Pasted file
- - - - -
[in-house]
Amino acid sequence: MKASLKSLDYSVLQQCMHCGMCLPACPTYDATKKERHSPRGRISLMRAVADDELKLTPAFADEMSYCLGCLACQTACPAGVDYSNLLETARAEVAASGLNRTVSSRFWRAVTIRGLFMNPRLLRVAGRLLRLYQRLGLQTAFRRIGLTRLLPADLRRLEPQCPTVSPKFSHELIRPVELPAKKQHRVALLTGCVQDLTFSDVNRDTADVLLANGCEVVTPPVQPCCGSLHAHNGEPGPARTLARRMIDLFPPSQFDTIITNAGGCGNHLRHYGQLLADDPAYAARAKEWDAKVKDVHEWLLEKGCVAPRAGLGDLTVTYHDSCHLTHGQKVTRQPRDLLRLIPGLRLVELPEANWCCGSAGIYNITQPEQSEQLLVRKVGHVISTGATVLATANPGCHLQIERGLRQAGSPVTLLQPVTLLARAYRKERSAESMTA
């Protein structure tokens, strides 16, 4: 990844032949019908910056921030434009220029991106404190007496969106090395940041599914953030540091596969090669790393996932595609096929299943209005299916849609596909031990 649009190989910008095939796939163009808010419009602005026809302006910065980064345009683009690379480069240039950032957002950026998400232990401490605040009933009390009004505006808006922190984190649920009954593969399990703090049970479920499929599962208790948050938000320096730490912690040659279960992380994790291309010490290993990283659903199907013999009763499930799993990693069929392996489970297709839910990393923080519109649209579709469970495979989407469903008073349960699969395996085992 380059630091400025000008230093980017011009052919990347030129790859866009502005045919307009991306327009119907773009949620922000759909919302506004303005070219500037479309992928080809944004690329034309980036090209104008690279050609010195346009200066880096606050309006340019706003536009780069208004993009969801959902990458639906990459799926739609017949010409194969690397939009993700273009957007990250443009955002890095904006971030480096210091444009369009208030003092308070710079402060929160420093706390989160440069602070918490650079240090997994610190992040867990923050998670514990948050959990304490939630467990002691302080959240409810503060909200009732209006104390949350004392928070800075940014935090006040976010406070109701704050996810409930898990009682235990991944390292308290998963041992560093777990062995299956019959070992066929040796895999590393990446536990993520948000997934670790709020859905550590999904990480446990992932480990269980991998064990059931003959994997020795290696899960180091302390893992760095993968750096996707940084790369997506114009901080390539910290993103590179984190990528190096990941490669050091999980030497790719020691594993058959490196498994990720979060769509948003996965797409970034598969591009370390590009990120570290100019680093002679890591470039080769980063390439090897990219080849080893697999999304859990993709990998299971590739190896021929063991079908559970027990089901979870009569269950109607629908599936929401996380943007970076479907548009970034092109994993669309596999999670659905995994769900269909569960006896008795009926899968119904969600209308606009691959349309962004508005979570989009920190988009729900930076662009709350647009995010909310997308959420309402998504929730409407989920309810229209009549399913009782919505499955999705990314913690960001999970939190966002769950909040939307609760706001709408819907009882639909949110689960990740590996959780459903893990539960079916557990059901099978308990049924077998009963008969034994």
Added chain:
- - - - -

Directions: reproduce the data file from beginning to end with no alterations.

[in-house]
Amino acid sequence: MKASLKSLDYSVLQQCMHCGMCLPACPTYDATKKERHSPRGRISLMRAVADDELKLTPAFADEMSYCLGCLACQTACPAGVDYSNLLETARAEVAASGLNRTVSSRFWRAVTIRGLFMNPRLLRVAGRLLRLYQRLGLQTAFRRIGLTRLLPADLRRLEPQCPTVSPKFSHELIRPVELPAKKQHRVALLTGCVQDLTFSDVNRDTADVLLANGCEVVTPPVQPCCGSLHAHNGEPGPARTLARRMIDLFPPSQFDTIITNAGGCGNHLRHYGQLLADDPAYAARAKEWDAKVKDVHEWLLEKGCVAPRAGLGDLTVTYHDSCHLTHGQKVTRQPRDLLRLIPGLRLVELPEANWCCGSAGIYNITQPEQSEQLLVRKVGHVISTGATVLATANPGCHLQIERGLRQAGSPVTLLQPVTLLARAYRKERSAESMTA
């Protein structure tokens, strides 16, 4: 990844032949019908910056921030434009220029991106404190007496969106090395940041599914953030540091596969090669790393996932595609096929299943209005299916849609596909031990 649009190989910008095939796939163009808010419009602005026809302006910065980064345009683009690379480069240039950032957002950026998400232990401490605040009933009390009004505006808006922190984190649920009954593969399990703090049970479920499929599962208790948050938000320096730490912690040659279960992380994790291309010490290993990283659903199907013999009763499930799993990693069929392996489970297709839910990393923080519109649209579709469970495979989407469903008073349960699969395996085992 380059630091400025000008230093980017011009052919990347030129790859866009502005045919307009991306327009119907773009949620922000759909919302506004303005070219500037479309992928080809944004690329034309980036090209104008690279050609010195346009200066880096606050309006340019706003536009780069208004993009969801959902990458639906990459799926739609017949010409194969690397939009993700273009957007990250443009955002890095904006971030480096210091444009369009208030003092308070710079402060929160420093706390989160440069602070918490650079240090997994610190992040867990923050998670514990948050959990304490939630467990002691302080959240409810503060909200009732209006104390949350004392928070800075940014935090006040976010406070109701704050996810409930898990009682235990991944390292308290998963041992560093777990062995299956019959070992066929040796895999590393990446536990993520948000997934670790709020859905550590999904990480446990992932480990269980991998064990059931003959994997020795290696899960180091302390893992760095993968750096996707940084790369997506114009901080390539910290993103590179984190990528190096990941490669050091999980030497790719020691594993058959490196498994990720979060769509948003996965797409970034598969591009370390590009990120570290100019680093002679890591470039080769980063390439090897990219080849080893697999999304859990993709990998299971590739190896021929063991079908559970027990089901979870009569269950109607629908599936929401996380943007970076479907548009970034092109994993669309596999999670659905995994769900269909569960006896008795009926899968119904969600209308606009691959349309962004508005979570989009920190988009729900930076662009709350647009995010909310997308959420309402998504929730409407989920309810229209009549399913009782919505499955999705990314913690960001999970939190966002769950909040939307609760706001709408819907009882639909949110689960990740590996959780459903893990539960079916557990059901099978308990049924077998009963008969034994």
Added chain: